AI can ‘learn’ to avoid users who have never interacted with a specific type of advertisement. Each time a similar campaign is run it will know who is likely to engage and who isn’t, only targeting the most relevant users. Of course, the technology behind this kind of ultra-personalisation is still being refined, but so far all signs point to a new era in personalised marketing.
Websites become easier for everyone
With AI ensuring ads are now precisely targeted, user engagement will improve, saving brands significant advertising revenue while ensuring higher conversion rates and eCPMs. This is good news for the firms placing the ads, the sites hosting them and the user viewing the site.
Because firms are earning more revenue through fewer ad placements, sites can trim the number of ads to only those which are relevant to that particular user. Not only will this improve the onsite experience for users, but it will increase the likelihood of people engaging with the advertising they do see.
Human input takes a back seat
Companies are now employing big data analysts and data scientists in marketing departments to uncover insights to drive business decisions, but the introduction of AI will eventually transform the very role of humans in marketing. CMO’s (Chief Marketing Officers) at several tech-savvy firms are already witnessing the influence of AI on daily operations. The difference being that, whilst today the role of CMO’s is to create and source content that increases brand visibility and continues to generate revenue, AI will tackle several of these responsibilities.
No longer will CMO’s have to adjust media campaigns according to new trend progressions. AI’s ability to adapt to changes in real-time means the implementation of marketing campaigns will require less and less human interaction.
AI doesn’t have to be all-controlling, however. Some companies are already using it to provide updates to changing market trends which can then be taken into account by a CMO and applied at their own discretion for subsequent campaigns.
The more artificial intelligence is used the more efficient it becomes, meaning it will be able to adapt to, and even anticipate, new trends as they happen. Instead, marketers will be tasked with establishing guidelines for the AI to ensure interactions with consumers remain within the appropriate brand context.
Working hours could become a thing of the past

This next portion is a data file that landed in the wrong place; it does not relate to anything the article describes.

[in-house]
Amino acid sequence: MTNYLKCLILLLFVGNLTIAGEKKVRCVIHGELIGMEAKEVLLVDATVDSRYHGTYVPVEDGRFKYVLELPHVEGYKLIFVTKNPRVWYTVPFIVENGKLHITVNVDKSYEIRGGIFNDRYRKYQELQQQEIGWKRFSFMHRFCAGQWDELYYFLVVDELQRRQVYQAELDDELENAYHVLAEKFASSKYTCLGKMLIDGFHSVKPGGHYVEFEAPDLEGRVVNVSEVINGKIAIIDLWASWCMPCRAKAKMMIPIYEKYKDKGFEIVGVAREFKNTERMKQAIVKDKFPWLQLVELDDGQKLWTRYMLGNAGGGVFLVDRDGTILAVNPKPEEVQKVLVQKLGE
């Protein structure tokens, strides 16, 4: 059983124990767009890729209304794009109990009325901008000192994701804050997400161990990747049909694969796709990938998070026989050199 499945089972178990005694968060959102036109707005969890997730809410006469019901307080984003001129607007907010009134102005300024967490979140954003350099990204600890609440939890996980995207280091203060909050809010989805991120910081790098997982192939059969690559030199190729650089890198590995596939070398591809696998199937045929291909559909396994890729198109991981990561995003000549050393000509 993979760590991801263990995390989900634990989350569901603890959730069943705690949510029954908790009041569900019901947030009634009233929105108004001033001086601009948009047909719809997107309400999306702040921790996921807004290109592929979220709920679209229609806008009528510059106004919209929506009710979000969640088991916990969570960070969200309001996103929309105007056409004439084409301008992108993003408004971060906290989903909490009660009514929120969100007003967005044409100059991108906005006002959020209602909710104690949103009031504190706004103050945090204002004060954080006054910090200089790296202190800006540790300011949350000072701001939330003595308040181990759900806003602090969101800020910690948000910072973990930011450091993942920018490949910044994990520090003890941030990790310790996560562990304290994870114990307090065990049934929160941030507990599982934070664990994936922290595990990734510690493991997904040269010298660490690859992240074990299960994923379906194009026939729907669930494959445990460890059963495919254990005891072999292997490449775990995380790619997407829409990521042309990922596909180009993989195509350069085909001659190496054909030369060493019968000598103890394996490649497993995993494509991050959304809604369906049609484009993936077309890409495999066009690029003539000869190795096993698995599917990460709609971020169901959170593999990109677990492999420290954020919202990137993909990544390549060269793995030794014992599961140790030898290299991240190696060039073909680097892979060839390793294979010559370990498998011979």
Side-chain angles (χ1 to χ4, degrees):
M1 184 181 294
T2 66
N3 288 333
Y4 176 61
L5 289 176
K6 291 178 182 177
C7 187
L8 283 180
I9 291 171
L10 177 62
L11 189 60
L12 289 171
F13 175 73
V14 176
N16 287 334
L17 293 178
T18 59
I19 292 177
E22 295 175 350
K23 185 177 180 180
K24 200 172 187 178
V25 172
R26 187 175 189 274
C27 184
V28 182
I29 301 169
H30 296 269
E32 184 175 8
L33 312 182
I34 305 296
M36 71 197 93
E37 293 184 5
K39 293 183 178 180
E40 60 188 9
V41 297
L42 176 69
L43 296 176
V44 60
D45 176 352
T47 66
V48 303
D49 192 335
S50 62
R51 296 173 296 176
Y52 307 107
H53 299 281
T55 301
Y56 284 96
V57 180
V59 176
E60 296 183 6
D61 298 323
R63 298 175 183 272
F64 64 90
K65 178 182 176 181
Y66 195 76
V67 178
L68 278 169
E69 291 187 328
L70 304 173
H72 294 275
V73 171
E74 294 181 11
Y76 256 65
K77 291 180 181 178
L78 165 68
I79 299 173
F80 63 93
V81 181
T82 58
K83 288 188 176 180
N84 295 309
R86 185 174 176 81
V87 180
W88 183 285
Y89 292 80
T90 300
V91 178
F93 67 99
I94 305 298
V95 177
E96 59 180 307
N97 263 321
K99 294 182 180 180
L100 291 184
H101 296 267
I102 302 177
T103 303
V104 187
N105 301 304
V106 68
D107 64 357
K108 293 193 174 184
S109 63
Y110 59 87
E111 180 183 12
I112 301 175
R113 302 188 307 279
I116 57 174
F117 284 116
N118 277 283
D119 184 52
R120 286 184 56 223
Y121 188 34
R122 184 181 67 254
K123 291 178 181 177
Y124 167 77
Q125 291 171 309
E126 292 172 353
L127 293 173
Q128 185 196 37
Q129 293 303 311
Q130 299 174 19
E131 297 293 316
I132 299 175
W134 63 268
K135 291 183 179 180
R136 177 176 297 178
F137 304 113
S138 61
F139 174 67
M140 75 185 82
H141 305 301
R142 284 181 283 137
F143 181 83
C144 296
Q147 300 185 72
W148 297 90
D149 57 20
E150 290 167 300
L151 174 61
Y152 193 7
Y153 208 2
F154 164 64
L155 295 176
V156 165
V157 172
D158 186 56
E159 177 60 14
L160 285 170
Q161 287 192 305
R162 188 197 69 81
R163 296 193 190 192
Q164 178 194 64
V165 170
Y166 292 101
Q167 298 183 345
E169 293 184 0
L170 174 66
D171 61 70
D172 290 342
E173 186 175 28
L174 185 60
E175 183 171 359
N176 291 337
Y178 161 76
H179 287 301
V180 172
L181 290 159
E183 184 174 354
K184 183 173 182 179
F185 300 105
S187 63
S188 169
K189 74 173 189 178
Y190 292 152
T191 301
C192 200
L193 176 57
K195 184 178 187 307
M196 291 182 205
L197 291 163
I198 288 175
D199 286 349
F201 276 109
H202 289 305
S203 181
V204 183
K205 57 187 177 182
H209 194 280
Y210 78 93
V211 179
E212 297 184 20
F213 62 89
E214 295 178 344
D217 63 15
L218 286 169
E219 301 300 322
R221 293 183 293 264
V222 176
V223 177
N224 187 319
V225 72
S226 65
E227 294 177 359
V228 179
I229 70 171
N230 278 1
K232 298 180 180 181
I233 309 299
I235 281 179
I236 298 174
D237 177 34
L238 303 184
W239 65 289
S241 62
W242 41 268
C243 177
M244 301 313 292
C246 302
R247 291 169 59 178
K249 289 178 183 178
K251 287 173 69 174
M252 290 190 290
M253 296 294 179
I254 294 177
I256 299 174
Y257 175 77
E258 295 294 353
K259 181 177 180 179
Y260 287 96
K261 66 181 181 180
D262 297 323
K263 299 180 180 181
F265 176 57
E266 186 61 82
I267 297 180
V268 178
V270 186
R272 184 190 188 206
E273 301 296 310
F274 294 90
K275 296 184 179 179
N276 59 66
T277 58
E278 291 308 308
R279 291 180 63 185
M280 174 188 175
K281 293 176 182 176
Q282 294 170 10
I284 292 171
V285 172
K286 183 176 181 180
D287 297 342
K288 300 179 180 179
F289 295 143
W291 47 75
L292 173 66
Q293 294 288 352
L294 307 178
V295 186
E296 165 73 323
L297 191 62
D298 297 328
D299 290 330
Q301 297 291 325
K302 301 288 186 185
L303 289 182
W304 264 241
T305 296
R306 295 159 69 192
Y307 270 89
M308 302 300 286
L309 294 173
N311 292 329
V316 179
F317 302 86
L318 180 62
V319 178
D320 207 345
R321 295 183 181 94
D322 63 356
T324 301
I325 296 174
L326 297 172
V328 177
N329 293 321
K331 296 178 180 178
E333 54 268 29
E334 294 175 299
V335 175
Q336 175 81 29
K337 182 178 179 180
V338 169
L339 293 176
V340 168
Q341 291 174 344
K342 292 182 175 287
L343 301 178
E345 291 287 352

With most mobile traffic occurring over the weekend, when marketers are out the office, artificial intelligence comes into its own as an optimisation tool. AI optimises campaigns in real-time, taking the manual labour aspect away from the marketing team who can then concentrate on other, more subjective aspects of the marketing campaign. A study by analytics firm IHS and video inventory management platform SpotXBy found that by 2020 more than half of all digital video advertising revenue in Europe will be programmatic.
A whole host of new roles will become fundamental to the continued marketing strategies of companies around the world. Working hours themselves will become less restrictive, with AI doing much of the work a human would have to do outside of work time. For instance, most mobile traffic occurs over the weekend, but for most companies, this is the time when workers will be at home. AI can track interactions, schedule updates and optimise content according to what people are searching for, regardless of when or what time or where the search is made.
Embracing the increase and development of AI is crucial to future marketing efforts. Despite all the scare stories, AI is a human creation that can be harnessed in a multitude of ways. When used intelligently and responsibly, AI can enrich our lives in a multitude of ways. By leaving the most mundane, time-consuming and logic-driven tasks to AI, we free ourselves up to think more creatively, to focus our time and effort on more subjective matters and, if we’re lucky, come up with the world’s next big innovation.